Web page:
SAS Falklands dead remembered at service
Special forces soldiers killed in the Falklands War, have been remembered at the National Memorial Arboretum.
A Sea King helicopter crash on 19 May 1982 claimed the lives of 20 of them, with Capt John Hamilton dying days later from enemy fire.
Apple and pear trees were planted in a dedication service on Saturday to the SAS members, based in Herefordshire.
The fruit will be used to make cider to raise funds for the Allied Special Forces Memorial Grove.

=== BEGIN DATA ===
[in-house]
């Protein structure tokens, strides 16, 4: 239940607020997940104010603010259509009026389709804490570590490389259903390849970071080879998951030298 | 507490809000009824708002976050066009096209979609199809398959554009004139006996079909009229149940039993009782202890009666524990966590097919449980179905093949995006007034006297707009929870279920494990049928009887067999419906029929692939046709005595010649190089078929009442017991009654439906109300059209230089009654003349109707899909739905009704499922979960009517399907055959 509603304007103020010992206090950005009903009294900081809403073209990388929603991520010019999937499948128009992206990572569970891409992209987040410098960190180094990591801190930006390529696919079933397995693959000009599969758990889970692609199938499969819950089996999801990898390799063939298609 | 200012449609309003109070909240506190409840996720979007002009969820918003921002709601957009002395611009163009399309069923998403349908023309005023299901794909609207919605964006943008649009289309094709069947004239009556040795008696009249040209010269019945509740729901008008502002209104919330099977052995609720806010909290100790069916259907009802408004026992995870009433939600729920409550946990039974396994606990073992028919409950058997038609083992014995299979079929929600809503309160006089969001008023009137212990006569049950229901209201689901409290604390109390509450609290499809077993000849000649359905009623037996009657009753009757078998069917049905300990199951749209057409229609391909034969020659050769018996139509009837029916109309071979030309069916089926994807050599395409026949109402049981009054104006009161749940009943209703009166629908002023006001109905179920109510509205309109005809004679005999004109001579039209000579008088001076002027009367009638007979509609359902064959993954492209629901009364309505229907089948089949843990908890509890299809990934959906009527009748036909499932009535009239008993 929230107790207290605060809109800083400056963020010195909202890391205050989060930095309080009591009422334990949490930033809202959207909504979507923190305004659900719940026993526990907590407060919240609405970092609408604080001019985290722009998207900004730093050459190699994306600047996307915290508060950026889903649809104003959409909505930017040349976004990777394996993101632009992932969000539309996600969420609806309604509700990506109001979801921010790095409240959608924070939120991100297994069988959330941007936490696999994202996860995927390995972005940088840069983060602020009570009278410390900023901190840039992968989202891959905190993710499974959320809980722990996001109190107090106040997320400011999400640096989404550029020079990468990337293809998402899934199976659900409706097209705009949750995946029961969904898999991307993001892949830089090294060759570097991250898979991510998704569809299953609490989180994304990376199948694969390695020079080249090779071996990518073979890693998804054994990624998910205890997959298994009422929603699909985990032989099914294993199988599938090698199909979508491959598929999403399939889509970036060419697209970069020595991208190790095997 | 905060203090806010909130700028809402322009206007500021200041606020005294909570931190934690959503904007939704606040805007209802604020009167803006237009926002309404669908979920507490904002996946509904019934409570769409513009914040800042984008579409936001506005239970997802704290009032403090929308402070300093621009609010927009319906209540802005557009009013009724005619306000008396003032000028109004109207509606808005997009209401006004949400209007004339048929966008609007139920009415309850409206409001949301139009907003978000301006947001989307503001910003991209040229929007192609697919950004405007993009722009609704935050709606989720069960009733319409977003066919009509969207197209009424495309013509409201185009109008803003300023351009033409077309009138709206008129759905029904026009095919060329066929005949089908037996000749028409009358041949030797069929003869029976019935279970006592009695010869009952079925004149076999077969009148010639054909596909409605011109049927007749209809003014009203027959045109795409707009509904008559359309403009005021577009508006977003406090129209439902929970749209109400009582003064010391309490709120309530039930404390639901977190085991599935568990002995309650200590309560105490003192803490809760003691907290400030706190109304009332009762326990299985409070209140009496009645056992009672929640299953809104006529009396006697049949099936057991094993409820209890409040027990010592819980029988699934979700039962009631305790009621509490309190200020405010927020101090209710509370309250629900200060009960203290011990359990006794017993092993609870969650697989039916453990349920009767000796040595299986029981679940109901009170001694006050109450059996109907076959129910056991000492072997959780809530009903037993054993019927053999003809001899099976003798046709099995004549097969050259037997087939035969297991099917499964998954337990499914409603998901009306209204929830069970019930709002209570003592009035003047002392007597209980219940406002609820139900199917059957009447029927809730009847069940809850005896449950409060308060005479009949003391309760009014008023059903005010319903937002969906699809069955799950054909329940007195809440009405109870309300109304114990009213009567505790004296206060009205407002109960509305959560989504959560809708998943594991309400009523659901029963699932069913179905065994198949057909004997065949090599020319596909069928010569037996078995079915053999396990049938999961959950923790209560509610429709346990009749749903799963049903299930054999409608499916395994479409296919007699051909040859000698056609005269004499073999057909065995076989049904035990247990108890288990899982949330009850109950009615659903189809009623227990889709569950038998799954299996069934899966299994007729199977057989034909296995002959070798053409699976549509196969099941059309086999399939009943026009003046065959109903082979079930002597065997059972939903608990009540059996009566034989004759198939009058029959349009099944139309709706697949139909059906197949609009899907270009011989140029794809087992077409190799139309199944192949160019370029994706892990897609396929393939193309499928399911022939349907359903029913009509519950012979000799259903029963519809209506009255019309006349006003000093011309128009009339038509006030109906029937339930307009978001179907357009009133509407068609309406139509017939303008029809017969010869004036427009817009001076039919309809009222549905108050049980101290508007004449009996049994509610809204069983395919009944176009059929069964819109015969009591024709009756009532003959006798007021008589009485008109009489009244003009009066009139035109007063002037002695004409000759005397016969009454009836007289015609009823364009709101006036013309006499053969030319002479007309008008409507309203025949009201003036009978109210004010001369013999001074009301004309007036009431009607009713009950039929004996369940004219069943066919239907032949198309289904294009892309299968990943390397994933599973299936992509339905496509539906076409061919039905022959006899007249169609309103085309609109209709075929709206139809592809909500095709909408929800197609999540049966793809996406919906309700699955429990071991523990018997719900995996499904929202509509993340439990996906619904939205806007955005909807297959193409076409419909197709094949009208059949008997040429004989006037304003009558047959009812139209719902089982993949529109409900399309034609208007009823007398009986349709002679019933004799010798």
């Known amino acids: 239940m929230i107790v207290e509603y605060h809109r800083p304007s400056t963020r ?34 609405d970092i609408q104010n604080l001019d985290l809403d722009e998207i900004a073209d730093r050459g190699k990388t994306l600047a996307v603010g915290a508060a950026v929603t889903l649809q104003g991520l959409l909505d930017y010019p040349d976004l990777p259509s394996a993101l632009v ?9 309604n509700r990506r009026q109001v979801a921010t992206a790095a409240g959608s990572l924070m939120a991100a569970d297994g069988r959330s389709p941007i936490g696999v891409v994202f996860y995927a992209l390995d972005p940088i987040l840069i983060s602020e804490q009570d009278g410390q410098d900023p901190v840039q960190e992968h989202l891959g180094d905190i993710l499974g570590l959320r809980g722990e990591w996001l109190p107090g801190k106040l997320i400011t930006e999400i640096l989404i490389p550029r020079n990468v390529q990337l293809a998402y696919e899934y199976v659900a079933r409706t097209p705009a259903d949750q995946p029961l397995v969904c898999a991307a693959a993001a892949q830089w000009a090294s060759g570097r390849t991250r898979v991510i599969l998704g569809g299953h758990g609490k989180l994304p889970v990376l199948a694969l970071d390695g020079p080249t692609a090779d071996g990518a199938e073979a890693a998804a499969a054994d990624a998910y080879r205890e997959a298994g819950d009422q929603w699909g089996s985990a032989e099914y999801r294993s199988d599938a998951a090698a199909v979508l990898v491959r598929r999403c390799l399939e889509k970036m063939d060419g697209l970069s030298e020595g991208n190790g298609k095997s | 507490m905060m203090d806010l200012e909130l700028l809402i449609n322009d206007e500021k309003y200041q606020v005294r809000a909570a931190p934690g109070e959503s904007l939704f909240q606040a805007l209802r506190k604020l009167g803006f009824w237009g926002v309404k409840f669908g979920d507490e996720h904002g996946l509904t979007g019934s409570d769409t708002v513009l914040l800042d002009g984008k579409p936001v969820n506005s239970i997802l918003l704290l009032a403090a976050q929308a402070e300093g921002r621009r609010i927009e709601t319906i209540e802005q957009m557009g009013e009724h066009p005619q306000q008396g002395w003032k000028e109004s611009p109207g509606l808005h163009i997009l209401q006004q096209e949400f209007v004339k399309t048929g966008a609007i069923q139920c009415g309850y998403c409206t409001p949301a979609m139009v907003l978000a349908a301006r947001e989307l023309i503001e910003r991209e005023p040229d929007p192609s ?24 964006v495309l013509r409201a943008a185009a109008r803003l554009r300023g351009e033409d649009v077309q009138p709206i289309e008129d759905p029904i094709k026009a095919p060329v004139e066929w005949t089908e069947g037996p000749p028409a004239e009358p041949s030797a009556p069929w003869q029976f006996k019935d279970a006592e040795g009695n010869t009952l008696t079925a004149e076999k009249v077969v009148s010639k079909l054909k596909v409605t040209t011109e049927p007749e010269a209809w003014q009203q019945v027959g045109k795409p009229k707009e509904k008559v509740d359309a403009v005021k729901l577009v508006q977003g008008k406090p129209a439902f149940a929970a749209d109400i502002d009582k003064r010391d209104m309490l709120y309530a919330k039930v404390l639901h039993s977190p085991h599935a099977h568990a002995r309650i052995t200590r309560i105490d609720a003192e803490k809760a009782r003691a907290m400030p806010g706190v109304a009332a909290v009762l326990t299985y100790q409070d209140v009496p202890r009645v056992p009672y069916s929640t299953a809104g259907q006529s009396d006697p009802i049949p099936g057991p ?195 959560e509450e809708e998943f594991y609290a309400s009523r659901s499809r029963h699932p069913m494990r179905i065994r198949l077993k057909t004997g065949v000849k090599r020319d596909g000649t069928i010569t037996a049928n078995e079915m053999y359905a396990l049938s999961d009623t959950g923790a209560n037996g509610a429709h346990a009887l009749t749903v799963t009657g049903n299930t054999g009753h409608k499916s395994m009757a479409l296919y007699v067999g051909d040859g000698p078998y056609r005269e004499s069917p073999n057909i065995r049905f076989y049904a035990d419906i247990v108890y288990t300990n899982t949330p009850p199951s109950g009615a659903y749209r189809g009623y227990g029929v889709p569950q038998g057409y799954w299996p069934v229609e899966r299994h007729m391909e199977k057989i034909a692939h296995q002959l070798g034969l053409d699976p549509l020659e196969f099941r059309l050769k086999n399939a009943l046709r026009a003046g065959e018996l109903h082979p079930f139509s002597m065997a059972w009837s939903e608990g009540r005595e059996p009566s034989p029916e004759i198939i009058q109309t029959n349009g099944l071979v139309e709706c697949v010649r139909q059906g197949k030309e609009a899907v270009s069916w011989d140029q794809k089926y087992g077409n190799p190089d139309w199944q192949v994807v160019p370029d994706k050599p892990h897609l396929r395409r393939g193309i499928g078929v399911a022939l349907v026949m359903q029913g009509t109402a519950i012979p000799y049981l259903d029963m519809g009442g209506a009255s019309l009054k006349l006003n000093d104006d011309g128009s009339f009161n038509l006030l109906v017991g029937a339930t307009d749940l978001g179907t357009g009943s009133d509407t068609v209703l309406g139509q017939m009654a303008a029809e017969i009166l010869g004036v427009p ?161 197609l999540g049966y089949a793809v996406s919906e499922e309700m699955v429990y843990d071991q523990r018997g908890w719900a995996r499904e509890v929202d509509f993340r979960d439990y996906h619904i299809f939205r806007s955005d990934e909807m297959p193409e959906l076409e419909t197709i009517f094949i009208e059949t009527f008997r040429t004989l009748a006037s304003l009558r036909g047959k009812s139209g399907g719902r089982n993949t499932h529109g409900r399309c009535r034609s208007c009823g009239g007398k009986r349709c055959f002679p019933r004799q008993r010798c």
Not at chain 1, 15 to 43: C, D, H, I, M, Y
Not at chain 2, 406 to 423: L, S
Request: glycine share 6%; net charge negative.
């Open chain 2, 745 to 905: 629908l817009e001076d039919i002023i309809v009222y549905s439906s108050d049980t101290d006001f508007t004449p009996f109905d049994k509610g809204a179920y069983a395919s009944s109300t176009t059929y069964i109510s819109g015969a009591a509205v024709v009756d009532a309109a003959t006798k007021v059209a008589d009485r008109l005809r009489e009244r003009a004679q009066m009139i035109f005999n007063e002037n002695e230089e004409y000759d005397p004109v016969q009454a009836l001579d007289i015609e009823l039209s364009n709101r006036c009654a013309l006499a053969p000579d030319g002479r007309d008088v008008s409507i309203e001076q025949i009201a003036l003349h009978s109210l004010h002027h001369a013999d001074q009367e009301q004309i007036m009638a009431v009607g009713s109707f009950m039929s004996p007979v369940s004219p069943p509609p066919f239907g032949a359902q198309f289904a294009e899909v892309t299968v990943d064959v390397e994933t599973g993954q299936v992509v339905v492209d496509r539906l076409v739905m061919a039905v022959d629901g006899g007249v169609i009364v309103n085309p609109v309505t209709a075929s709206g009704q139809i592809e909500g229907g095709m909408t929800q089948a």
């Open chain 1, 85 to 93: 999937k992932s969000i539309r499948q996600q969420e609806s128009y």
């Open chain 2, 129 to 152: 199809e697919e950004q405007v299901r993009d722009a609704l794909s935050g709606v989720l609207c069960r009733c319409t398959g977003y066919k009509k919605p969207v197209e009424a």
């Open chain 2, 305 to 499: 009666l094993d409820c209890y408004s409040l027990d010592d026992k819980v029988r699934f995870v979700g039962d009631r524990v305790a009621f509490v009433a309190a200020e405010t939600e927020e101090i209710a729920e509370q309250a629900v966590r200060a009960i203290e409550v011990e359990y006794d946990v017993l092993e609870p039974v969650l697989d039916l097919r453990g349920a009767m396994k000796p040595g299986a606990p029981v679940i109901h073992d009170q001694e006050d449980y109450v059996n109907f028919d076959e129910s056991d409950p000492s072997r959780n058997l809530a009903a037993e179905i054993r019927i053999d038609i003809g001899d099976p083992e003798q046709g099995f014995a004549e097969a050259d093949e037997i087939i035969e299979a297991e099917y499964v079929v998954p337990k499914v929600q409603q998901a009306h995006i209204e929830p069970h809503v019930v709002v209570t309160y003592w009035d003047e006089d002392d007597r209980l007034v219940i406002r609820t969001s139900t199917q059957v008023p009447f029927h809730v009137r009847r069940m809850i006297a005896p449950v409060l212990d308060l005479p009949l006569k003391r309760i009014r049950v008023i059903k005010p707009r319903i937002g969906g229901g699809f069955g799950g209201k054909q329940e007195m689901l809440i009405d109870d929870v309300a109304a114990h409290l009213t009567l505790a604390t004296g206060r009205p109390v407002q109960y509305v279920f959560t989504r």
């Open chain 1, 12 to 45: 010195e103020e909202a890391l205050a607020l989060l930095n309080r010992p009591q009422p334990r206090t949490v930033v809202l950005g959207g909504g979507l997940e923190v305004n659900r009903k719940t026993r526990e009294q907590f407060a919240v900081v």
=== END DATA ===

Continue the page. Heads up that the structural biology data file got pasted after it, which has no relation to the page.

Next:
Pete Scholey, a member of the Special Air Service (SAS) who served with the men, said they had previously been involved with a raid on Pebble Island, a remote spot on the north coast of West Falkland, in a bid to eliminate the threat posed by Argentine fighter bombers.
Speaking after the service in Staffordshire, Mr Scholey said: "On the airfield in the Falklands were a number of Pucara aircraft.
"They would have done devastation to the troops that were landing.
"It was those lads on the chopper that went in and destroyed... those aircraft.
"They did their job. I think they achieved their aim and they gave their lives doing that and we never forget them."